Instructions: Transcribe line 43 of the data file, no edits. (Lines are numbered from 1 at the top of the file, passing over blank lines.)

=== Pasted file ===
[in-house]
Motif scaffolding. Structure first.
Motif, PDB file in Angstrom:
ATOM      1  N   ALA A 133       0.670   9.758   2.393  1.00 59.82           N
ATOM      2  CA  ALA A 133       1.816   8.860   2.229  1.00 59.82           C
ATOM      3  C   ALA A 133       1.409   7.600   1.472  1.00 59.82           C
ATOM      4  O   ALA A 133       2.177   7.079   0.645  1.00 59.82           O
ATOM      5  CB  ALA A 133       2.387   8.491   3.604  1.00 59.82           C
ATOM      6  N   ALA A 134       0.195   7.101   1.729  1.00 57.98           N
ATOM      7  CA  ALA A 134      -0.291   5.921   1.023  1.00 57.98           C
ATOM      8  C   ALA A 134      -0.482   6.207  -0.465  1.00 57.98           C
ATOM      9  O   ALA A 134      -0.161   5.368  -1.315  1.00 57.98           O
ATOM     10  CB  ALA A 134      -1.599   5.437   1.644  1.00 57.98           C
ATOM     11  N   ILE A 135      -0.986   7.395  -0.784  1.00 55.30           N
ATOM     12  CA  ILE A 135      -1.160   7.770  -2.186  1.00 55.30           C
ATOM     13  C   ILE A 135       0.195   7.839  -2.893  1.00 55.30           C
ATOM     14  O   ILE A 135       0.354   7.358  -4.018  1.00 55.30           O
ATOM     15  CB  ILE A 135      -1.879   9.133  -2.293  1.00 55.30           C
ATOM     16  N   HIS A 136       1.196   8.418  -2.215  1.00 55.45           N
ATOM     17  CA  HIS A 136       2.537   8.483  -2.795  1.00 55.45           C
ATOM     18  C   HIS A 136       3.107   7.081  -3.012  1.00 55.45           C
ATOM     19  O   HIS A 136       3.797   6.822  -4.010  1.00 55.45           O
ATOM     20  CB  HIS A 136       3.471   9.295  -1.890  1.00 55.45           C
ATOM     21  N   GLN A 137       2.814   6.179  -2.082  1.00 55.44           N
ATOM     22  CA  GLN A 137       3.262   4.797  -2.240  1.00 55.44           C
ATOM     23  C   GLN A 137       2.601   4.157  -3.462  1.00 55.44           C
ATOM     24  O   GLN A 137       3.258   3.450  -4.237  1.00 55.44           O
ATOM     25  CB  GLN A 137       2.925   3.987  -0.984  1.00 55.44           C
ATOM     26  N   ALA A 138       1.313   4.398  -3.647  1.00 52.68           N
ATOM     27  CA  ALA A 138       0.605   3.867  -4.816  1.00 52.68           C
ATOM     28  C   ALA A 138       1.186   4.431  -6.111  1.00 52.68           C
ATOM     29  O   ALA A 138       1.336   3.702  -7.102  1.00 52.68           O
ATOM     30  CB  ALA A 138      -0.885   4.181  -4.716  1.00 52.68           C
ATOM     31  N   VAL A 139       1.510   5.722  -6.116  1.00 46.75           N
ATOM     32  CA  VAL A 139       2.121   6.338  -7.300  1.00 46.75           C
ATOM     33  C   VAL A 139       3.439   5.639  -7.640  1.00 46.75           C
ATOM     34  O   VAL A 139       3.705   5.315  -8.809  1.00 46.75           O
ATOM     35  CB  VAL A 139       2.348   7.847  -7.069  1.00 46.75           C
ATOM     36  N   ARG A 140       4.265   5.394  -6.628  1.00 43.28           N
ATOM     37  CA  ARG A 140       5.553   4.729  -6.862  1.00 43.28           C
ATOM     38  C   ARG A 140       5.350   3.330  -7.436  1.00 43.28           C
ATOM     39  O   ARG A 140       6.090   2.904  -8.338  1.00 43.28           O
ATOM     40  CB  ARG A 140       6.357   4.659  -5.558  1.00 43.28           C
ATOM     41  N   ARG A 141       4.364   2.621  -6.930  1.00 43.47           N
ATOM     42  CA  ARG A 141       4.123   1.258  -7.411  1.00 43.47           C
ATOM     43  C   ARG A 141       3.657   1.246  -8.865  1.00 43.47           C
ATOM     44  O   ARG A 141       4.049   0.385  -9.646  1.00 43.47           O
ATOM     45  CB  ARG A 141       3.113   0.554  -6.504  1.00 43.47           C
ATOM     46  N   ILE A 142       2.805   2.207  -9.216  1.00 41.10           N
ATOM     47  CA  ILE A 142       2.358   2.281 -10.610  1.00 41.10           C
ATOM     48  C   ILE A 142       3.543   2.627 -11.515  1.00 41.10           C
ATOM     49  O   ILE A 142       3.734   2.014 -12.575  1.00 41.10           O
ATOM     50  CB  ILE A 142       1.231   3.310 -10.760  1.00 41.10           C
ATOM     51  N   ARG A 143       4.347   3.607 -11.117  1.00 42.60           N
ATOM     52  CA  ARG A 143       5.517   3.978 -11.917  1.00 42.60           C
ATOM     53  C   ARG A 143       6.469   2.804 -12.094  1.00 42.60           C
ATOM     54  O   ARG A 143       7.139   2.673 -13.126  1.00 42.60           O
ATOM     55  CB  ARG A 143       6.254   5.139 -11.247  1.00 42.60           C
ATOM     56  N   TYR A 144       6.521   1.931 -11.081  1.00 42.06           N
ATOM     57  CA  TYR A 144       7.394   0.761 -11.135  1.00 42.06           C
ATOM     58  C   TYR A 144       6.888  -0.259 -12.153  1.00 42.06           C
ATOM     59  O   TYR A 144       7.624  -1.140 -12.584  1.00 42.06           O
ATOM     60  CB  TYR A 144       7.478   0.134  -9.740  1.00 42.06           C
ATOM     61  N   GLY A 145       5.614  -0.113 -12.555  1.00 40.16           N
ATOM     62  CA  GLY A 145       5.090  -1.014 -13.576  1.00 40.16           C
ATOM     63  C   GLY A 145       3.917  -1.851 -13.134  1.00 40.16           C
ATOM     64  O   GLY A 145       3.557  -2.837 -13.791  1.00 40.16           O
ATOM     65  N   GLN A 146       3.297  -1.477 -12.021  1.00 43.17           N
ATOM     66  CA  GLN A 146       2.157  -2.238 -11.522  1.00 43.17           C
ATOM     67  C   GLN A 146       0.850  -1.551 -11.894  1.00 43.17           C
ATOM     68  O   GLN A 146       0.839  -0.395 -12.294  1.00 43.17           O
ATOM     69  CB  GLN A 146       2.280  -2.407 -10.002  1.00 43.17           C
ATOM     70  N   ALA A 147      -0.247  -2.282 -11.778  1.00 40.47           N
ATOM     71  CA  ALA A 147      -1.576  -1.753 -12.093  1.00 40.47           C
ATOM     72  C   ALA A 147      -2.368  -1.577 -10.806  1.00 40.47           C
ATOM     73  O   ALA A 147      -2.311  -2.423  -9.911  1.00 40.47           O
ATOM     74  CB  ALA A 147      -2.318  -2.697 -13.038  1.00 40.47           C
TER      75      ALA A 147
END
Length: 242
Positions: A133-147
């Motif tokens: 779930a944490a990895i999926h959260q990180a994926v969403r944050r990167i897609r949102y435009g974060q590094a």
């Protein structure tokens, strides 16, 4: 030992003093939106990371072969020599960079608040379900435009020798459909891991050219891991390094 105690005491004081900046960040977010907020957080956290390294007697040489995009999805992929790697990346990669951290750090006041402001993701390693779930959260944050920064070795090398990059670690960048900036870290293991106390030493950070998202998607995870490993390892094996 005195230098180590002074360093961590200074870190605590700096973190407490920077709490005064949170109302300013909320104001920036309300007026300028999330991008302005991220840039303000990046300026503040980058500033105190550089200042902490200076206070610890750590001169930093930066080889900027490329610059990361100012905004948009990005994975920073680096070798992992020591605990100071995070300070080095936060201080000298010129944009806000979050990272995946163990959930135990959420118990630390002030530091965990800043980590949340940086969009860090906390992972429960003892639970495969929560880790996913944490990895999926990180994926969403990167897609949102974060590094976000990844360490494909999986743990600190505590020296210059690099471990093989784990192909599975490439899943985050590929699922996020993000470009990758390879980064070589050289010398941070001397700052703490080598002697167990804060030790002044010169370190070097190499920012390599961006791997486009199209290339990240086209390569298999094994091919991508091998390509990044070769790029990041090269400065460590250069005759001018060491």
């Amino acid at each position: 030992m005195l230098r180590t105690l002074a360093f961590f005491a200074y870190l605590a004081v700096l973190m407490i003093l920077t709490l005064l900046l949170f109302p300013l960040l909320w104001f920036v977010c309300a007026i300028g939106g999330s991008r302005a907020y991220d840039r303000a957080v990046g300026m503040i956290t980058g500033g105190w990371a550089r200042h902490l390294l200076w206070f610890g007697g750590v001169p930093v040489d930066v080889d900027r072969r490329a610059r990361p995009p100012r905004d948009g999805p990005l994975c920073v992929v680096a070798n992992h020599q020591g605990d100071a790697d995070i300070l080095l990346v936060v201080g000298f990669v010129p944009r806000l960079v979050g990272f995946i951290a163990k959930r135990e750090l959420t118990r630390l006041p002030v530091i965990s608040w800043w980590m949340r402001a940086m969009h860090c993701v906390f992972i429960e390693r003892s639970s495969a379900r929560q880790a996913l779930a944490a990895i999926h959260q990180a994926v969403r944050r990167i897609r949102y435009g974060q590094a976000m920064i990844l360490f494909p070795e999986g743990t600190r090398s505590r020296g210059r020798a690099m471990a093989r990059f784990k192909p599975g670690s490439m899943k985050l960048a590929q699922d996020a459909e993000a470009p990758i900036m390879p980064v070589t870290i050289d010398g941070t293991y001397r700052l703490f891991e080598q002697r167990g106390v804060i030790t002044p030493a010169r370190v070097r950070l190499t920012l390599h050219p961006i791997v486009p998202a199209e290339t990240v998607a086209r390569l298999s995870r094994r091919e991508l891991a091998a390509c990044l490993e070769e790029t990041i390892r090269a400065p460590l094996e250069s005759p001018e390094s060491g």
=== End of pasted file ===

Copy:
ATOM     40  CB  ARG A 140       6.357   4.659  -5.558  1.00 43.28           C